German mobile operations achieved an initial success, so that at the end of 1943, the battle was still being waged in front of the line Gaeta – Ortona. The motorized and armored divisions of the 10. Armee underwent terrific strain, since they were continually engaged in active sectors and had little time for rest and repair. During November and December, strong material and personnel reinforcements had to be injected to prevent a disintegration of the 10. Armee. To keep the strength of the army at its former level, it became necessary to increase the number of divisions. The serious situation in Russia did not permit a transfer of divisions to a secondary theater. Army Group C was forced to release some of its own troops for the front, and thereby weaken its forces in northern Italy. The only three divisions of the 14. Armee fit for combat, the 44.-Infantry-Division, the 90.-Panzer-Grenadier-Division, and the 334.-Infantry-Division, were transferred to the 10. Armee. To counteract this loss in the north, the battle-weary 65.-Infantry-Division was taken out of the front at Ortona and reassigned to northern Italy. In addition, the activation of the 278.-Infantry-Division, and the 16.-SS-Panzer-Grenadier-Division was ordered. The German High Command directed the 14. Armee to release the 371.-Infantry-Division for use in Russia, so that eight divisions were left with the army. Since none of these divisions had full combat strength, the coastal defenses in northern Italy were decidedly weakened.

The unfavorable results of continuous emergencies at the front were plainly revealed by the situation in the sector west of Rome. A landing in the rear of the 10. Armee in support of the offensive at the front had always been considered a possibility. Therefore, the task of securing the coast near Rome had special significance. The 14. Armee could not assume the additional assignment. A further weakening of northern Italy was not dared, inasmuch as the German High Command was uncertain about the intentions of the Allies, such as landing at Rome, Gulf of Genoa, and Istria. As a result, troops from the 10th Army were used to secure the coastal sector near Rome. This area was commanded by the 1st Parachute Corps operating directly under the Army Group.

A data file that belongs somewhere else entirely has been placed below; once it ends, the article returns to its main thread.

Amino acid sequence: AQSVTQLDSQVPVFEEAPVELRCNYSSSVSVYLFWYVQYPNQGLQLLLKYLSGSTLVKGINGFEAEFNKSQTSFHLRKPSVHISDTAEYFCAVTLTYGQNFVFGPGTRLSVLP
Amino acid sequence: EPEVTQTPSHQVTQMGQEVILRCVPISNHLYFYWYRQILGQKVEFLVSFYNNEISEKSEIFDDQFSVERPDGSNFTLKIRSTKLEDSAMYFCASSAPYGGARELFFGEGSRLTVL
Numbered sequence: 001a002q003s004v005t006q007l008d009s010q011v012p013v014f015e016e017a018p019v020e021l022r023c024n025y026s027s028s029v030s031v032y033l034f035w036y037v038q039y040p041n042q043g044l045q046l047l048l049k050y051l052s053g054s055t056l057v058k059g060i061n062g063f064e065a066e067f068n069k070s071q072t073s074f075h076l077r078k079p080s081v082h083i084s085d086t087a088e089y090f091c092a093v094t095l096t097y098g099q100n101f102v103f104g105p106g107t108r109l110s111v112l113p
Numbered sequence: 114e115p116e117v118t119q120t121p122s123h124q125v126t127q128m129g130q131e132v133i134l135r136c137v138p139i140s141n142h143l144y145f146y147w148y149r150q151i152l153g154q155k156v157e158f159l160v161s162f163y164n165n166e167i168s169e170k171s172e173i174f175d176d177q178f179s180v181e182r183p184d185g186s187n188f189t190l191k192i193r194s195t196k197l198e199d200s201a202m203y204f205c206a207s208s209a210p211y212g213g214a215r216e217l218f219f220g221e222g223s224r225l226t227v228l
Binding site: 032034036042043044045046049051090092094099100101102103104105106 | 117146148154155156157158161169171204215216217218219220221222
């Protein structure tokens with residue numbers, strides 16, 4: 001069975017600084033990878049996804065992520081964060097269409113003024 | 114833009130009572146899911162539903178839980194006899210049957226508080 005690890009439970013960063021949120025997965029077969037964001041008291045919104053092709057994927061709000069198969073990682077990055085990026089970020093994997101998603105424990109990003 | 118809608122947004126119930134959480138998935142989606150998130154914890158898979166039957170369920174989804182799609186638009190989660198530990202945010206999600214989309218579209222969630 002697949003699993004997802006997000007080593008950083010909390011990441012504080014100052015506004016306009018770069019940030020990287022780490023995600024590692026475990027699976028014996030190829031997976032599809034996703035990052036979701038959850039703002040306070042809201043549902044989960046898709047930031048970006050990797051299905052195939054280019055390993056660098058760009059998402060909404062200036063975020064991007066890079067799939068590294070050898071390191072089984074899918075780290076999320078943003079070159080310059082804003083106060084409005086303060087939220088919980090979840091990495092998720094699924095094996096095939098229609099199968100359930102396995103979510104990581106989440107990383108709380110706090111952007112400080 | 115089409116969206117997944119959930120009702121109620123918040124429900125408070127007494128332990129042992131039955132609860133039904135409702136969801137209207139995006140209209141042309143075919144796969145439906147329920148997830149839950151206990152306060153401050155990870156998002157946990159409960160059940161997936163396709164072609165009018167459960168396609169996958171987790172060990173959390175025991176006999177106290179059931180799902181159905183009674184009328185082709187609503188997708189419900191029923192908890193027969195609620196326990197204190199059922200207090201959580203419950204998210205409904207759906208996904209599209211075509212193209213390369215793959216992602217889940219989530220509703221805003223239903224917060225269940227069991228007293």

Existing documents of the Army Group and of the 10. Armee revealed the constant conflict between the demands of the Army for reinforcements at the front and the necessity of maintaining a strong occupation force along the coast in the Rome sector. Since no division fit for combat could be spared from the front, only battle-weakened units were deployed in the Rome sector. At the beginning of November, with the aggravation of the situation at the front, merely one division could be released at a time. After a short rest period near Rome, the division would be sent back to the front. The continual flow of units that ensued caused defensive preparations along the coast to be neglected at the time of the Anzio landings. The offensive activities of the Allies slackened. At the beginning of the new year the 10. Armee planned a regrouping in order to rest exhausted divisions and to strengthen coastal defenses in the its area. It was planned to retire the Panzer Division Herman Goering (HG) and the 29.-Panzer-Grenadier-Division from the Cassino front. The 29.-Panzer-Division was to be assigned to the coastal sector at Rome to replace the 3.-Panzer-Grenadier-Division. The latter was to be transferred to the Adriatic sector on the left flank of the 10. Armee, where the 90.-Panzer-Grenadier-Division was to be relieved for employment on the coastal sector, Pescara – Ancona, and the 26.-Panzer-Division as a reserve behind the front. The requirements of this scheme could not be met because new attacks by the Allies at Cassino and on the Adriatic coast tied up the German forces so that only the Panzer Division Herman Goering and the 90.-Panzer-Grenadier-Division could be removed from their respective sectors. Consequently, a large part of the 3.-Panzer-Grenadier-Division remained in the region of Rome, pending relief by the 29.-Panzer-Grenadier-Division.